In February, I was scheduled to speak at a landscape program in Rockville, MD. Before I went on, I had a chance to chat with one of the other speakers–the esteemed entomologist from the University of Maryland, Dr. Mike Raupp–who said concerning the Emerald Ash Borer, “nobody believes you until the trees start dying.”
Guess what? It is time to believe! This morning while cycling, I randomly rolled into a local neighborhood to check on a turf area the Plant Diagnostic Laboratory had worked on last summer when I noticed the ash trees were looking kind of thin. Not much will get me to stop riding–except maybe a good plant problem–but a closer look at these trees revealed “D”-shaped exit holes typical of Buprestid activity.
I quickly pulled the bark off the trunk, and before my very eyes, there were the classic serpentine galleries typical of emerald ash borer (EAB). First time I actually saw real EAB damage in the field. The sun was shining on a cloudy day!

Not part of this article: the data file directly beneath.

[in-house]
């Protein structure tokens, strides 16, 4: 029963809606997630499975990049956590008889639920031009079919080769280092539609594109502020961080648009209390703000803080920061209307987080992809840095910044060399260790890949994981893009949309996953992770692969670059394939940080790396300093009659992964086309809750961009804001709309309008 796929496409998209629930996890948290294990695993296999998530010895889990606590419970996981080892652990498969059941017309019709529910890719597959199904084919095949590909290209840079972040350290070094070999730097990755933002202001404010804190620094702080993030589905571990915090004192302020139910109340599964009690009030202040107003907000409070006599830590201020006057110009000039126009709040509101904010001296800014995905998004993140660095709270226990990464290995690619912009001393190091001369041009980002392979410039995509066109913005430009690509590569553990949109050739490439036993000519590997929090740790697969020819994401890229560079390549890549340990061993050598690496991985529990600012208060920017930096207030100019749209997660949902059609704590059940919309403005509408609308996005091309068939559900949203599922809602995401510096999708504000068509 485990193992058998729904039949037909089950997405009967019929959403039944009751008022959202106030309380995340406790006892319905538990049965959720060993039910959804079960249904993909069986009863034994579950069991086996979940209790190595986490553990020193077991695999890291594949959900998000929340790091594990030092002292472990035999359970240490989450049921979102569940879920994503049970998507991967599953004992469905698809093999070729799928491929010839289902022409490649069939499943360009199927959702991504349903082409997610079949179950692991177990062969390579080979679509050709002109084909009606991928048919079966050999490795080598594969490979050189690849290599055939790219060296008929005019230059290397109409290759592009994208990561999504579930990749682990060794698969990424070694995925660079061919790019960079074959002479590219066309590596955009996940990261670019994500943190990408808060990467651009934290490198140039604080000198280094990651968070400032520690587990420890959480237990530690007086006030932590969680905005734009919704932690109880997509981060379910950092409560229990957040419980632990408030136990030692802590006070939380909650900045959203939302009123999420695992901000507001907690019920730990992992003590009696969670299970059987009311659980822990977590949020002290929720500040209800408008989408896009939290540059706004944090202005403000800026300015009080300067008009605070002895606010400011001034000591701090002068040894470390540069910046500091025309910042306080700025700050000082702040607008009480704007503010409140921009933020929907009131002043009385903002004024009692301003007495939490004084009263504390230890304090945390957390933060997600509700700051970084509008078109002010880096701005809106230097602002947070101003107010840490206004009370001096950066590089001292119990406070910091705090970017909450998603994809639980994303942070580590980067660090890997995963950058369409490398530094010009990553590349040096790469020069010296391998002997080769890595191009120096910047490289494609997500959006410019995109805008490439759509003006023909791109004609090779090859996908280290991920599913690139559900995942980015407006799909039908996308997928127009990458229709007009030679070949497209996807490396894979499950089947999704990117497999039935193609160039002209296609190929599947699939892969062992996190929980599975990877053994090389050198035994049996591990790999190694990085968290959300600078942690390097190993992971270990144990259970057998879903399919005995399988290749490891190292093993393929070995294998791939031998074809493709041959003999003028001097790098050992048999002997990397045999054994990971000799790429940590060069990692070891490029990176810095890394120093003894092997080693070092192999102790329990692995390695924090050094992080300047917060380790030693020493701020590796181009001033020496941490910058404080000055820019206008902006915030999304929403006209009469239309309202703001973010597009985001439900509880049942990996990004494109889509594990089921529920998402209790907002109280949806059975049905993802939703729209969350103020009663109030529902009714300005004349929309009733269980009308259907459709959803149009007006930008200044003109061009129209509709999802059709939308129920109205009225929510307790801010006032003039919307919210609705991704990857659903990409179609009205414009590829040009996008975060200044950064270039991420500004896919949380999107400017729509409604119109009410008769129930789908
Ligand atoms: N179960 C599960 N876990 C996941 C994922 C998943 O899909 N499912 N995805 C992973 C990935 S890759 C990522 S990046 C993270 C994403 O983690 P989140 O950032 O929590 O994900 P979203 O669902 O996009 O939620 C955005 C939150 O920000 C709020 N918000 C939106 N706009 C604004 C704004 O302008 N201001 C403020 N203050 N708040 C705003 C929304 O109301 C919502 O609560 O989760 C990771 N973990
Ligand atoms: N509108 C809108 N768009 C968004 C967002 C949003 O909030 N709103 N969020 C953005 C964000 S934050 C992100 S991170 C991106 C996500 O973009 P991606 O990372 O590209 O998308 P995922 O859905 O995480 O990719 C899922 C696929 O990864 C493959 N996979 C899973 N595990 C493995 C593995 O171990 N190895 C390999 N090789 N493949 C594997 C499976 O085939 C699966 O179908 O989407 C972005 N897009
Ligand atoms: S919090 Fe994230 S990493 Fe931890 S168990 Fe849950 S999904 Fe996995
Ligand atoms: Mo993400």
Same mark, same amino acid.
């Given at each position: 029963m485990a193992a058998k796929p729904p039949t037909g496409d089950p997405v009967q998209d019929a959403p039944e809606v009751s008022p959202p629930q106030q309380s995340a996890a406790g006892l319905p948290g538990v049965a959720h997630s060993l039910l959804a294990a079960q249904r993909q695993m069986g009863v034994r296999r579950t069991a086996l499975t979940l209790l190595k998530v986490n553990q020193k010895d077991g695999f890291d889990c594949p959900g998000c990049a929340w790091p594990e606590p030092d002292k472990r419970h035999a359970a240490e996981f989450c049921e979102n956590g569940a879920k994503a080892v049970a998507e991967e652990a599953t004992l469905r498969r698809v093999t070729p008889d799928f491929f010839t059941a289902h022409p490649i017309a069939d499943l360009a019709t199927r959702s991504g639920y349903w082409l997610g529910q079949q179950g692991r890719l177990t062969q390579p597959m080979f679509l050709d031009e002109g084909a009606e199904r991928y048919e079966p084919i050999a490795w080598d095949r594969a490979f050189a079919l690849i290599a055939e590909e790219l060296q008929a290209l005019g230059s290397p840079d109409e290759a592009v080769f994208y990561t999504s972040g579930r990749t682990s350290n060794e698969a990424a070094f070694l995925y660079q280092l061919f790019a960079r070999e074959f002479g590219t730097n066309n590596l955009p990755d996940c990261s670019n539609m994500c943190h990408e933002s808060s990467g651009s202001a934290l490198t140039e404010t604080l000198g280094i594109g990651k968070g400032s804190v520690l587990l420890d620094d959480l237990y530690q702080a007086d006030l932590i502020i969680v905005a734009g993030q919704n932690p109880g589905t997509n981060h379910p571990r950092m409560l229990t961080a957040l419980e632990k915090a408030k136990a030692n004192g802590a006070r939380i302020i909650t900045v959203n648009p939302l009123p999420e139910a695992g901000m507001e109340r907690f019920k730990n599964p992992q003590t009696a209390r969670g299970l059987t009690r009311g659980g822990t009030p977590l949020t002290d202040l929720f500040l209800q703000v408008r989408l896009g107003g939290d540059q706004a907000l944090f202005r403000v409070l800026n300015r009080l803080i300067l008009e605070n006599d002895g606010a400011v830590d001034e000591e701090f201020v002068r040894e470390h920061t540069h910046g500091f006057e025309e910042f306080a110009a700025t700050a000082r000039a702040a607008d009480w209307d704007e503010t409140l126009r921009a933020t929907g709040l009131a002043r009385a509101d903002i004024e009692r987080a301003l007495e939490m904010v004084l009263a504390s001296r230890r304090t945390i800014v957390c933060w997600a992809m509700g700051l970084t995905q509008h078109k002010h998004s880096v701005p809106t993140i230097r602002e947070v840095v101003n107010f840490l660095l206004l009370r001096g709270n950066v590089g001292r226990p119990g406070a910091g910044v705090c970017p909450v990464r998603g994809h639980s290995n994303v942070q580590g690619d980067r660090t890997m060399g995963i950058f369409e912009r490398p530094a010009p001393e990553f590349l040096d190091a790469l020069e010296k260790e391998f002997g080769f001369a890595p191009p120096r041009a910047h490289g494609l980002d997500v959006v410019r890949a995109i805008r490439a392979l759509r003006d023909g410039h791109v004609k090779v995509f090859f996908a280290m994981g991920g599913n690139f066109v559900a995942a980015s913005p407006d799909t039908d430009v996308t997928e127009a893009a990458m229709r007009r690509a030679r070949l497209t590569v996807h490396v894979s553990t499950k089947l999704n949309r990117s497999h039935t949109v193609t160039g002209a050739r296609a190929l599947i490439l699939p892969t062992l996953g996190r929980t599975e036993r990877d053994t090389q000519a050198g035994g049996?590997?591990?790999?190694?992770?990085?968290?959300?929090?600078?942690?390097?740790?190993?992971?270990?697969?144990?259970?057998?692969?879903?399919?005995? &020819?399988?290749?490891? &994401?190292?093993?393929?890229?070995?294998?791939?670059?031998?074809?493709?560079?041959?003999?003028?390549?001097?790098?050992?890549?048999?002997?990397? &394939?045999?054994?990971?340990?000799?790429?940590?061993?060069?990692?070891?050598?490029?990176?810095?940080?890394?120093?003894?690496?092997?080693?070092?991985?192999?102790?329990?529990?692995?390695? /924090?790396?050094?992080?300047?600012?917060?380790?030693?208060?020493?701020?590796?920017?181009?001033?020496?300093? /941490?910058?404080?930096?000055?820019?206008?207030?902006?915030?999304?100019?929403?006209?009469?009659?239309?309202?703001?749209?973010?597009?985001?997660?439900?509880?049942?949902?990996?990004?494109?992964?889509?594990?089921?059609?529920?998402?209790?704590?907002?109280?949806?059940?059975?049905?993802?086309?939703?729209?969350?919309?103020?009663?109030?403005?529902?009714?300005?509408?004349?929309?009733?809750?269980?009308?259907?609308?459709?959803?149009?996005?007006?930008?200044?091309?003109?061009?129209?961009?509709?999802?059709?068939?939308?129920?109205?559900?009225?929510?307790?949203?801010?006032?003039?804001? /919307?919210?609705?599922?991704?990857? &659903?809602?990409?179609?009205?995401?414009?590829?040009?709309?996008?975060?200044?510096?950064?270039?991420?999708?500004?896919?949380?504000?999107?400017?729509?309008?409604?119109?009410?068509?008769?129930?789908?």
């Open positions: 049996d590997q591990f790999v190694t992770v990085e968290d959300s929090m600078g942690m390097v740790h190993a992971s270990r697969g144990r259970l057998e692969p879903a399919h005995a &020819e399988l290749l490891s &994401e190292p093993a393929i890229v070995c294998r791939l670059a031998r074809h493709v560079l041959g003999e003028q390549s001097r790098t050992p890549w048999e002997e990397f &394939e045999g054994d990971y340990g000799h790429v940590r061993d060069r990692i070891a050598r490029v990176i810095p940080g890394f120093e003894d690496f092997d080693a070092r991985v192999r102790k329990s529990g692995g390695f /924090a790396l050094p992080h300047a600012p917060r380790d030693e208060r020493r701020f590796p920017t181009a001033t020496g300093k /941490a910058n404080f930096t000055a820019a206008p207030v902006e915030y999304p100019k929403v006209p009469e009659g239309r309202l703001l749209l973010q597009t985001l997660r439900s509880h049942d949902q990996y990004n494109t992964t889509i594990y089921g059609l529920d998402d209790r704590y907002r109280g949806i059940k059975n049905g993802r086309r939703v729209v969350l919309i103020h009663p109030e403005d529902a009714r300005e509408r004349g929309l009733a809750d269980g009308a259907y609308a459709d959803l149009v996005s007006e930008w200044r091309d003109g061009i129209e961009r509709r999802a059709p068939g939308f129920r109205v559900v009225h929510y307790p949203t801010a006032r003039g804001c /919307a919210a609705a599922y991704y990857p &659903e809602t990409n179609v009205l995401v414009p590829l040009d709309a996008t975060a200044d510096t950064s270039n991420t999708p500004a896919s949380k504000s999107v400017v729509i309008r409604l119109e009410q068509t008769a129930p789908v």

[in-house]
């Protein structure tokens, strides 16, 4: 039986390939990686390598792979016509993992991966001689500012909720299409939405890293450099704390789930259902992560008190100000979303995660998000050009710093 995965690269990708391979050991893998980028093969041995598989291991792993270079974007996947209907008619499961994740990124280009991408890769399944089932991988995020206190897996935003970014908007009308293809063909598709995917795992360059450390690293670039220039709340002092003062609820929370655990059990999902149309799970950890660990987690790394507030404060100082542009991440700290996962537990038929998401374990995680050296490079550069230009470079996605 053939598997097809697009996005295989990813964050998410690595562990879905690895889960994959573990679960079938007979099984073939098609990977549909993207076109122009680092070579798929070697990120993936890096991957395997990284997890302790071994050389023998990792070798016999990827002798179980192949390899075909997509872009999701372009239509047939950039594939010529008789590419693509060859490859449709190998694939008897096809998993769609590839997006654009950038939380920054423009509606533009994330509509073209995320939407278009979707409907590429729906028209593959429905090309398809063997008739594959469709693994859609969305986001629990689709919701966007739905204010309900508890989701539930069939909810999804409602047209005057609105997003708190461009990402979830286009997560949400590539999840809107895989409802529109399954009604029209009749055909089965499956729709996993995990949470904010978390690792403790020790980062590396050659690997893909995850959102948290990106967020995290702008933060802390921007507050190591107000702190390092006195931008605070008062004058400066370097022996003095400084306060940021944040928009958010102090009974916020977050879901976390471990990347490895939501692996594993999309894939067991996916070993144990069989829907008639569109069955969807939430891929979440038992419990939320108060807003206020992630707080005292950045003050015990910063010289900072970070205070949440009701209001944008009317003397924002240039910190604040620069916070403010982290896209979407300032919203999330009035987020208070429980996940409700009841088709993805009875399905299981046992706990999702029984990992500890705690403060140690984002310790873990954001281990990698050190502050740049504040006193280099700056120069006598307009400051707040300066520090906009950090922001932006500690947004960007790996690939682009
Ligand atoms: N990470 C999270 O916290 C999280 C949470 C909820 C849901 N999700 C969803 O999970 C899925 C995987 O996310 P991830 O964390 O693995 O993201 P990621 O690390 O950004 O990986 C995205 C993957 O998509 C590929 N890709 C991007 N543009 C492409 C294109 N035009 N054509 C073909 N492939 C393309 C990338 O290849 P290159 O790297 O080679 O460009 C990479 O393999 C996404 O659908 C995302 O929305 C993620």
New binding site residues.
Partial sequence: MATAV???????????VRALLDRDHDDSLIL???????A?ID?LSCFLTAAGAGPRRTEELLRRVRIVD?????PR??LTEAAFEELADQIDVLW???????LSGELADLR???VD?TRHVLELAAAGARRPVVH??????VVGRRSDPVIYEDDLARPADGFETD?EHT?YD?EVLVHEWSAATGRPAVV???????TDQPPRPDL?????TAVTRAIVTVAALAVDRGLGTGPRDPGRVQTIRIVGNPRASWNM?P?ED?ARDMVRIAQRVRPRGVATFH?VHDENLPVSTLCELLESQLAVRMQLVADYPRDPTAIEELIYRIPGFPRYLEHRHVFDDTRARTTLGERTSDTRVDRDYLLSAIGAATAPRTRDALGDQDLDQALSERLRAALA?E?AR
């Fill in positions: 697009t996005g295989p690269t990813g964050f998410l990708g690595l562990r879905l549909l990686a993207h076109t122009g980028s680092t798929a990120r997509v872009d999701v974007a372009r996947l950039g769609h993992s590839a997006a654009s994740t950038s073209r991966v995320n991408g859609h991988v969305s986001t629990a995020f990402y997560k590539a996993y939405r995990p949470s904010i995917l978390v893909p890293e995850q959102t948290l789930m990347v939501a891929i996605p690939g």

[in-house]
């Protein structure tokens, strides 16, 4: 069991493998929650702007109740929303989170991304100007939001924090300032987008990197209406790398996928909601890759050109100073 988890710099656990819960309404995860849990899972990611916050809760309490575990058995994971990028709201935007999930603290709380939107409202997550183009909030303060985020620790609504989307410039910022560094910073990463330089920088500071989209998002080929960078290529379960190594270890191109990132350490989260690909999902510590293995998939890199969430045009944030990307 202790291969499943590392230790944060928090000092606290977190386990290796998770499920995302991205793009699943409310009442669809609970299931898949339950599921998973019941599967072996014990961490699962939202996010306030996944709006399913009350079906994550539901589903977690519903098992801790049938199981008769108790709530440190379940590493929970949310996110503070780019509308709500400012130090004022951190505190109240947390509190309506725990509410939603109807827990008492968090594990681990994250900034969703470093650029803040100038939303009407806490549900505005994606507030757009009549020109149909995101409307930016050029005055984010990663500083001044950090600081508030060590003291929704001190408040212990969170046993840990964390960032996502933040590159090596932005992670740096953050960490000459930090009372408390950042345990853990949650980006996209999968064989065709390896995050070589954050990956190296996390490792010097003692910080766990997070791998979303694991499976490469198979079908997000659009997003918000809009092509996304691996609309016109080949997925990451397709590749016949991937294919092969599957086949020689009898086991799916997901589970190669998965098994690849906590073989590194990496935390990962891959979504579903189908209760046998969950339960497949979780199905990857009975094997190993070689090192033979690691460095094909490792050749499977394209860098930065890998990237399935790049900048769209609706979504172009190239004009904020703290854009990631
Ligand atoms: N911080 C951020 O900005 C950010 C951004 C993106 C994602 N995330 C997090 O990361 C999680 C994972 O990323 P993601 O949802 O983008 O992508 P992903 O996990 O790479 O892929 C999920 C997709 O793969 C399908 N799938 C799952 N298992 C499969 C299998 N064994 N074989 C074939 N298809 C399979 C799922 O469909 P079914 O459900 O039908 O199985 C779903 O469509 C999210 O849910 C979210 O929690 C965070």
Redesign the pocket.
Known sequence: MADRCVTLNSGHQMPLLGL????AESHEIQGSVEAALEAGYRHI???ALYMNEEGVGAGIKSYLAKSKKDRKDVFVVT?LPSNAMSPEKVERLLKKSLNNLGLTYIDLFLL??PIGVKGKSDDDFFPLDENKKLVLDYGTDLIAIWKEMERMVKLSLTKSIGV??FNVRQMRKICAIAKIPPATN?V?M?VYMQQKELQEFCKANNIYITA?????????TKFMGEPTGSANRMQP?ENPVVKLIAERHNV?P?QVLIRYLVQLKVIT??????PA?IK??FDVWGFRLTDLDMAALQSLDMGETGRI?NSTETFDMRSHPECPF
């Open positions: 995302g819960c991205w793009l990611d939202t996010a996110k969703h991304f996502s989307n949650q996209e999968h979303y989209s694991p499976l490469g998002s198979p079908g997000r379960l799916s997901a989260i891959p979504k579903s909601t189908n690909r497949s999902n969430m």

Clearly, I need to curb my enthusiasm, because the impact of EAB will be huge in NJ. The forest service estimates there are about 25 million ash trees in NJ, which are mostly in the northern, forested portions of the state. That said, there are many neighborhoods and towns in New Jersey with ash-lined streets. My colleague, Steve Rettke, told me his neighborhood near Freehold has around 70 ash. The development I was in this morning had nearly 40. A TV reporter called the lab last week to ask about EAB and Montclair’s 5,000 ash trees. A number of us have been talking about the imminent arrival of the emerald ash borer in NJ for the last couple of years during our winter outreach. The critters are here and from what I saw this morning, it is time to believe!
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